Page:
Whole town is on fire’: Heat wave, wildfires threaten safety of residents in Canada village
The soaring temperature has caused hundreds of deaths and the wildfires have threatened the safety of residents of British Columbia village, situated 153 kilometres northeast of Vancouver, Canada.
While millions of people in western Canada are reeling under record-breaking temperatures, the threat from wildfires has forced authorities to evacuate a village in British Columbia. The soaring temperature has caused hundreds of deaths and the wildfires have threatened the safety of residents of Lytton, situated 153 kilometres northeast of Vancouver.
Video footage shared by local authorities showed wildfires raging on the hills overlooking Lytton and engulfing the town as residents rushed to safety. After wildfires began spreading rapidly on Wednesday, Mayor Jan Polderman of Lytton issued evacuation orders for all 250 residents.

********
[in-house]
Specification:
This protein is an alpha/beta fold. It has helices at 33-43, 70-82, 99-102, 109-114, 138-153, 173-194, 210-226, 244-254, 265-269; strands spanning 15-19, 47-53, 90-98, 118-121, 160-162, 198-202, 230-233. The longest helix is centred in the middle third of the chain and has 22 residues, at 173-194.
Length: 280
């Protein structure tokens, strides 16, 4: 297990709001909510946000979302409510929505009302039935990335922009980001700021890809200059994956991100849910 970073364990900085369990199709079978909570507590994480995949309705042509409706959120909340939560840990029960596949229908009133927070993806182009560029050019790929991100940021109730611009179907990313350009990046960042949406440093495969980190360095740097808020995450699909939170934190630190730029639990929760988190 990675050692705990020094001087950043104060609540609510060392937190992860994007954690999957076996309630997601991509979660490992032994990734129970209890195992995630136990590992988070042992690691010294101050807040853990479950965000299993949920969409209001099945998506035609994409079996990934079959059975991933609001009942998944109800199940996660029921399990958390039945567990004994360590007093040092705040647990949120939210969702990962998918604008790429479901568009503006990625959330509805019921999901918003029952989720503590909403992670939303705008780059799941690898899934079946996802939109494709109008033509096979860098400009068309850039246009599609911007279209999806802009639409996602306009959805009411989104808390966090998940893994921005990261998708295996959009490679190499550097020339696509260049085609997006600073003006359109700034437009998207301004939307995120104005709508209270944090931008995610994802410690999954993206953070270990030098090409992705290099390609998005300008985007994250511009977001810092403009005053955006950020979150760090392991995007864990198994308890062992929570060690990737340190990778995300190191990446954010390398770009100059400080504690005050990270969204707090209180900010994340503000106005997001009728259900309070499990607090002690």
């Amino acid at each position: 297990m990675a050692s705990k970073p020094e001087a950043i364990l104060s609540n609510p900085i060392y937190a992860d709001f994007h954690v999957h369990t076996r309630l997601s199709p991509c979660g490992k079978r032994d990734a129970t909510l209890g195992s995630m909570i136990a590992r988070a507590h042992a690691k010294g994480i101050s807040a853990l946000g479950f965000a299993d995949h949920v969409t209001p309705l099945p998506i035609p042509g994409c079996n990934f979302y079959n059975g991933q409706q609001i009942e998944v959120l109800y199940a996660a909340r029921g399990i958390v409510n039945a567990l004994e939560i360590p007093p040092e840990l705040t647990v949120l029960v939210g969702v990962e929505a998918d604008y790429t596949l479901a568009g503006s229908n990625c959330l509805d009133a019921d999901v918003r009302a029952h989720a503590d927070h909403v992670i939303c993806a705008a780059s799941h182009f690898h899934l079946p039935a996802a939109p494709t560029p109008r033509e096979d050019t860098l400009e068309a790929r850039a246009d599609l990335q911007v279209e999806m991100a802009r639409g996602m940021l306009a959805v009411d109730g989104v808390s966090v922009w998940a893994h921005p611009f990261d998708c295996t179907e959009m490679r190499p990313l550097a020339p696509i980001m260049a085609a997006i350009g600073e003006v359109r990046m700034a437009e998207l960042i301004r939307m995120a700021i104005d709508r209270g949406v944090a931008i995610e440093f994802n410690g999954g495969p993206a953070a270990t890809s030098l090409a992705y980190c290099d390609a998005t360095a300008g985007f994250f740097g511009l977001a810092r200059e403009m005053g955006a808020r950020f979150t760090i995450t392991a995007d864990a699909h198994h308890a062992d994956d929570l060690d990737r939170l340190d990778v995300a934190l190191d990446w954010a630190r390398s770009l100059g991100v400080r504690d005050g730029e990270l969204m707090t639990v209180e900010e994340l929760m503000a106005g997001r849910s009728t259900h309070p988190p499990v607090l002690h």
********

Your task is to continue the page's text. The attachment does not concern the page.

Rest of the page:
“All residents are advised to leave the community and go to a safe location, ″Polderman said in the evacuation order.
On Tuesday, the average temperature of the British Columbia village touched a record high of 49.6 degrees Celsius, breaking the previous highs of 47.9 degrees Celsius on Monday and 46.1 degrees Celsius on Sunday. Lytton’s temperature came down to around 39 degrees Celsius on Wednesday, but the raging wildfires threatened the safety of its residents.
"The whole town is on fire. It took, like, a whole 15 minutes from the first sign of smoke to, all of a sudden, there was fire everywhere," Polderman told Canadian broadcaster CBC News.
The deadly heatwave has renewed the climate action debate and experts believe that such record-setting temperatures would become more frequent. Canadian Prime Minister Justin Trudeau said that the country has been frequently witnessing such extreme weather conditions, warning that the ongoing heatwave won't be the last.
The sizzling heatwave has been blamed on a high-pressure "heat dome", a phenomenon when the atmosphere traps hot ocean air like a lid or cap. According to the National Oceanic and Atmospheric Administration (NOAA), a US government agency under the department of commerce, a “heat dome” forms when strong, high-pressure atmospheric conditions combine with influences from La Niña, creating vast areas of sweltering heat.